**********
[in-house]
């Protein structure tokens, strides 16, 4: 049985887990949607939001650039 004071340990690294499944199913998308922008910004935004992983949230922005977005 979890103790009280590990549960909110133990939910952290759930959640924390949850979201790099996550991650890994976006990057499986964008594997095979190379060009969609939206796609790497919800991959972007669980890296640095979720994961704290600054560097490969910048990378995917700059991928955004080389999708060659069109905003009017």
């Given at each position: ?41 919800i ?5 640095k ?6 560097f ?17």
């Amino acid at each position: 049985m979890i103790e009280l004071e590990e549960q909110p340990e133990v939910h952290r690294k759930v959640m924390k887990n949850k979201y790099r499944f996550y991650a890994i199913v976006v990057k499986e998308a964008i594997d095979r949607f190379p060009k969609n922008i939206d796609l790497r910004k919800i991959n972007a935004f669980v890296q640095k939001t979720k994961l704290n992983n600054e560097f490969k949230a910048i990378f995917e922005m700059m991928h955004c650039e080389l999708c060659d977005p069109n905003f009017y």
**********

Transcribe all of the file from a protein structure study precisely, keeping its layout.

[in-house]
């Protein structure tokens, strides 16, 4: 049985887990949607939001650039 004071340990690294499944199913998308922008910004935004992983949230922005977005 979890103790009280590990549960909110133990939910952290759930959640924390949850979201790099996550991650890994976006990057499986964008594997095979190379060009969609939206796609790497919800991959972007669980890296640095979720994961704290600054560097490969910048990378995917700059991928955004080389999708060659069109905003009017």
């Given at each position: ?41 919800i ?5 640095k ?6 560097f ?17």
């Amino acid at each position: 049985m979890i103790e009280l004071e590990e549960q909110p340990e133990v939910h952290r690294k759930v959640m924390k887990n949850k979201y790099r499944f996550y991650a890994i199913v976006v990057k499986e998308a964008i594997d095979r949607f190379p060009k969609n922008i939206d796609l790497r910004k919800i991959n972007a935004f669980v890296q640095k939001t979720k994961l704290n992983n600054e560097f490969k949230a910048i990378f995917e922005m700059m991928h955004c650039e080389l999708c060659d977005p069109n905003f009017y």